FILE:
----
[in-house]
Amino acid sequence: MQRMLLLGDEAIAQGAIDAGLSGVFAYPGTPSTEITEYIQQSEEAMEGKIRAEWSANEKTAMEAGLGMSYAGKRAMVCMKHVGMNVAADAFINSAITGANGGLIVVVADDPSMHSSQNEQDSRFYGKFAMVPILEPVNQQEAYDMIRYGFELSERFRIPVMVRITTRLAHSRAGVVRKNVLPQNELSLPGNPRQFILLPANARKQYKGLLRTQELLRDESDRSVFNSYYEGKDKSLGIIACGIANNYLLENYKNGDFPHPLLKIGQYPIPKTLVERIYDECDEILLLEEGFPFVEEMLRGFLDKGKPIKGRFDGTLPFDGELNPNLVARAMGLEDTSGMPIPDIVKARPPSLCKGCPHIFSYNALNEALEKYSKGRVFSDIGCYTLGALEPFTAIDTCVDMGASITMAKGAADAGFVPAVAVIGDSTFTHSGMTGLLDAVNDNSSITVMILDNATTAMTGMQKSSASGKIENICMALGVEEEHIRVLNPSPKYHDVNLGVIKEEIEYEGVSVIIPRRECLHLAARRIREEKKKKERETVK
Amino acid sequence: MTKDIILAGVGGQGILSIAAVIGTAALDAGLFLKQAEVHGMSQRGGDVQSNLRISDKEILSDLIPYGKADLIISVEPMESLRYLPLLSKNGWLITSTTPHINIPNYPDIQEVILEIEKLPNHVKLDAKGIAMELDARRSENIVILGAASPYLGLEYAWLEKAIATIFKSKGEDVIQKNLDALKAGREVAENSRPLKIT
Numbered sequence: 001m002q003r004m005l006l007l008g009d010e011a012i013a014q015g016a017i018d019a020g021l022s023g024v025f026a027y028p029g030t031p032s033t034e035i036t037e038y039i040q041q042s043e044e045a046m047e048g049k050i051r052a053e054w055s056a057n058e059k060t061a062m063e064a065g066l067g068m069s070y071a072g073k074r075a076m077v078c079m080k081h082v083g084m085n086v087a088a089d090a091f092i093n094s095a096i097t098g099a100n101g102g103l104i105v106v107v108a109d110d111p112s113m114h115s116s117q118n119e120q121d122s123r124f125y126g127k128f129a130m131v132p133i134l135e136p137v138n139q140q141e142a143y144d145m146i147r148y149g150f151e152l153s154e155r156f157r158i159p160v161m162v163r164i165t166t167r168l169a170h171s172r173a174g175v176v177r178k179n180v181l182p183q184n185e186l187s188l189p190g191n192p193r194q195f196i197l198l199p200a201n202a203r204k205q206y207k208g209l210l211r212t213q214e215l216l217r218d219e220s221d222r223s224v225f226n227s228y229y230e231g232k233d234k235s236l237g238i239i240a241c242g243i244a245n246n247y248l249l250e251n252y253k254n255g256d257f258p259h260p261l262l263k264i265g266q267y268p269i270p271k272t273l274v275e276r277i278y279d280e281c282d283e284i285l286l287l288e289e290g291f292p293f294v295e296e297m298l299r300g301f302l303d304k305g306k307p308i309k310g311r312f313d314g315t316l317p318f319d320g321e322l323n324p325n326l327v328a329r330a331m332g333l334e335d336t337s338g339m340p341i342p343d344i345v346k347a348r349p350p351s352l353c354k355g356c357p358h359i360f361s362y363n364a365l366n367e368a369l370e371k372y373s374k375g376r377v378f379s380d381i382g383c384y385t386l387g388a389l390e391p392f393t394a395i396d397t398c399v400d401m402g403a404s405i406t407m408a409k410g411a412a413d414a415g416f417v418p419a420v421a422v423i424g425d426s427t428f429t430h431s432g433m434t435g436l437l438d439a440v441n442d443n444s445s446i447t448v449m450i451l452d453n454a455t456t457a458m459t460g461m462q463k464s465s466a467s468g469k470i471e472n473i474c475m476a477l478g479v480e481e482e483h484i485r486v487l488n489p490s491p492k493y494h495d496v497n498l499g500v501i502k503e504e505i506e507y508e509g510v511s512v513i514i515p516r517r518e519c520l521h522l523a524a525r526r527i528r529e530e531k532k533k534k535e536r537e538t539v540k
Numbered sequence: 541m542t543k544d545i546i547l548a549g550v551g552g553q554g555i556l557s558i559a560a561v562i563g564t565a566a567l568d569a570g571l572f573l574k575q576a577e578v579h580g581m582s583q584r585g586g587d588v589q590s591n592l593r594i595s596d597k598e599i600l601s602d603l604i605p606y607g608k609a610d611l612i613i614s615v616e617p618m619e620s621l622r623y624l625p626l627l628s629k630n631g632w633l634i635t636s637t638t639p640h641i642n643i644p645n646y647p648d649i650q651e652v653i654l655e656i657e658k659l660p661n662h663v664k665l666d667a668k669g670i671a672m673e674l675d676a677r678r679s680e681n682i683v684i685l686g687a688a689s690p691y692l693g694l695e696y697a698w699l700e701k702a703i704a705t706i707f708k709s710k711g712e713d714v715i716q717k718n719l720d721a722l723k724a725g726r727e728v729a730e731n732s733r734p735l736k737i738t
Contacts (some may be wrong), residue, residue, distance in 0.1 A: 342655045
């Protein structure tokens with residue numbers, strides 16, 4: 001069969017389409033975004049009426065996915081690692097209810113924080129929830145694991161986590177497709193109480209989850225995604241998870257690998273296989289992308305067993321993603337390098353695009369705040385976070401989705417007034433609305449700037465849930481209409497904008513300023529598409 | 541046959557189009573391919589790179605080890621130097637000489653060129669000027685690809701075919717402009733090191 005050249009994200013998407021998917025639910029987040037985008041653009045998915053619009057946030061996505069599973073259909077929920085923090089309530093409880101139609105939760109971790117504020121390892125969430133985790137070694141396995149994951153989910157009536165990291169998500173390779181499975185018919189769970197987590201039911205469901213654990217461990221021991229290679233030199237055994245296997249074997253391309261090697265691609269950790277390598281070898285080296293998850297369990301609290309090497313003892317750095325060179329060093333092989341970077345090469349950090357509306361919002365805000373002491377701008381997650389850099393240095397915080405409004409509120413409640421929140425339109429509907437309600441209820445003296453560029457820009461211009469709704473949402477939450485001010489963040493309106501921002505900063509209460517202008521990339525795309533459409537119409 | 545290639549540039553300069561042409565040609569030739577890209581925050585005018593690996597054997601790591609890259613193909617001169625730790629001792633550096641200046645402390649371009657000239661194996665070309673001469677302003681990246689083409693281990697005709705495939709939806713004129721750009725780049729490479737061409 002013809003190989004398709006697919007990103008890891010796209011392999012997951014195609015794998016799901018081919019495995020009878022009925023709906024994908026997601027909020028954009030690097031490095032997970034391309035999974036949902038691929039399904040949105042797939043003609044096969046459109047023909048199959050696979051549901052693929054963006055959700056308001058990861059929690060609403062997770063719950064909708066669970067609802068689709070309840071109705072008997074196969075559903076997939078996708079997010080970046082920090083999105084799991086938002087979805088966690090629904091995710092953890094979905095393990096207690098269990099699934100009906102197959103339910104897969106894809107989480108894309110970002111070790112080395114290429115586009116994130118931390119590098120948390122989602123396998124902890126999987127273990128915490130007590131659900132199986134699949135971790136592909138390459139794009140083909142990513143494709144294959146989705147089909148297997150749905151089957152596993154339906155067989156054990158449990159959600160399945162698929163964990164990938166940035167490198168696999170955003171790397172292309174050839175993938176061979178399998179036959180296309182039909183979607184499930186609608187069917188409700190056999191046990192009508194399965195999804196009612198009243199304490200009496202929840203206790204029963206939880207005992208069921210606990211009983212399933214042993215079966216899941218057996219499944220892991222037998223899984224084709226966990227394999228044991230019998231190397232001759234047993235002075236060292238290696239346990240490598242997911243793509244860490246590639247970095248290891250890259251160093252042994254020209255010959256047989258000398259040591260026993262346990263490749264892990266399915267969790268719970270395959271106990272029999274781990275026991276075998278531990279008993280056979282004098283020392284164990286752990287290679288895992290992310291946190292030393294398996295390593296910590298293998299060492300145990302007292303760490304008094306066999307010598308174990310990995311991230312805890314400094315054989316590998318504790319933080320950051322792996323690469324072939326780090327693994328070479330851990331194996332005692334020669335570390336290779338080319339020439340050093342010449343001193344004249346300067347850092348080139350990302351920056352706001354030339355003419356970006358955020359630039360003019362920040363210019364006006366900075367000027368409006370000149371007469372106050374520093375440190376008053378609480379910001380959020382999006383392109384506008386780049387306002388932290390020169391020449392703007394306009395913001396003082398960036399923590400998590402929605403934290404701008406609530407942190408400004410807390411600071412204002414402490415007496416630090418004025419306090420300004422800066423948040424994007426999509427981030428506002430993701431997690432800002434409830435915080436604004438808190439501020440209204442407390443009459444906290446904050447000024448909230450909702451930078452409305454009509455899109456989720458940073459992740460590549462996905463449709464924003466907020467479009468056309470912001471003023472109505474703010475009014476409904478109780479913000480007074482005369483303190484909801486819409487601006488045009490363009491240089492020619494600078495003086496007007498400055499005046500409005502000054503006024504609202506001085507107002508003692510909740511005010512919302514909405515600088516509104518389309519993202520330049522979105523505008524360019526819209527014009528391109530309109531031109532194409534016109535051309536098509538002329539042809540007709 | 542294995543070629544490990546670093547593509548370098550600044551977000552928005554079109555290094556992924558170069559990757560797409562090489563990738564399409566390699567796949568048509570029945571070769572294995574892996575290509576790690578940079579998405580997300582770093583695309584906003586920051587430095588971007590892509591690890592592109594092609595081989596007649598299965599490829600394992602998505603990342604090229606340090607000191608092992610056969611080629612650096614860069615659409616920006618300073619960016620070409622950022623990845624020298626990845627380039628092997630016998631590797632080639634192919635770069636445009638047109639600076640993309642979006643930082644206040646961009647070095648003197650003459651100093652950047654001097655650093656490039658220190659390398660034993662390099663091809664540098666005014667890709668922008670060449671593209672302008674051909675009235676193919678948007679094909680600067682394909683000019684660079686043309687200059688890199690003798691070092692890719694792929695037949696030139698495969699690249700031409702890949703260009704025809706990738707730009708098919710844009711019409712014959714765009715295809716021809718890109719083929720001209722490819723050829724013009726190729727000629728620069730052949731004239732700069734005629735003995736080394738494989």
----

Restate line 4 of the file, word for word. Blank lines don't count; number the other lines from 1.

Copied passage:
Numbered sequence: 001m002q003r004m005l006l007l008g009d010e011a012i013a014q015g016a017i018d019a020g021l022s023g024v025f026a027y028p029g030t031p032s033t034e035i036t037e038y039i040q041q042s043e044e045a046m047e048g049k050i051r052a053e054w055s056a057n058e059k060t061a062m063e064a065g066l067g068m069s070y071a072g073k074r075a076m077v078c079m080k081h082v083g084m085n086v087a088a089d090a091f092i093n094s095a096i097t098g099a100n101g102g103l104i105v106v107v108a109d110d111p112s113m114h115s116s117q118n119e120q121d122s123r124f125y126g127k128f129a130m131v132p133i134l135e136p137v138n139q140q141e142a143y144d145m146i147r148y149g150f151e152l153s154e155r156f157r158i159p160v161m162v163r164i165t166t167r168l169a170h171s172r173a174g175v176v177r178k179n180v181l182p183q184n185e186l187s188l189p190g191n192p193r194q195f196i197l198l199p200a201n202a203r204k205q206y207k208g209l210l211r212t213q214e215l216l217r218d219e220s221d222r223s224v225f226n227s228y229y230e231g232k233d234k235s236l237g238i239i240a241c242g243i244a245n246n247y248l249l250e251n252y253k254n255g256d257f258p259h260p261l262l263k264i265g266q267y268p269i270p271k272t273l274v275e276r277i278y279d280e281c282d283e284i285l286l287l288e289e290g291f292p293f294v295e296e297m298l299r300g301f302l303d304k305g306k307p308i309k310g311r312f313d314g315t316l317p318f319d320g321e322l323n324p325n326l327v328a329r330a331m332g333l334e335d336t337s338g339m340p341i342p343d344i345v346k347a348r349p350p351s352l353c354k355g356c357p358h359i360f361s362y363n364a365l366n367e368a369l370e371k372y373s374k375g376r377v378f379s380d381i382g383c384y385t386l387g388a389l390e391p392f393t394a395i396d397t398c399v400d401m402g403a404s405i406t407m408a409k410g411a412a413d414a415g416f417v418p419a420v421a422v423i424g425d426s427t428f429t430h431s432g433m434t435g436l437l438d439a440v441n442d443n444s445s446i447t448v449m450i451l452d453n454a455t456t457a458m459t460g461m462q463k464s465s466a467s468g469k470i471e472n473i474c475m476a477l478g479v480e481e482e483h484i485r486v487l488n489p490s491p492k493y494h495d496v497n498l499g500v501i502k503e504e505i506e507y508e509g510v511s512v513i514i515p516r517r518e519c520l521h522l523a524a525r526r527i528r529e530e531k532k533k534k535e536r537e538t539v540k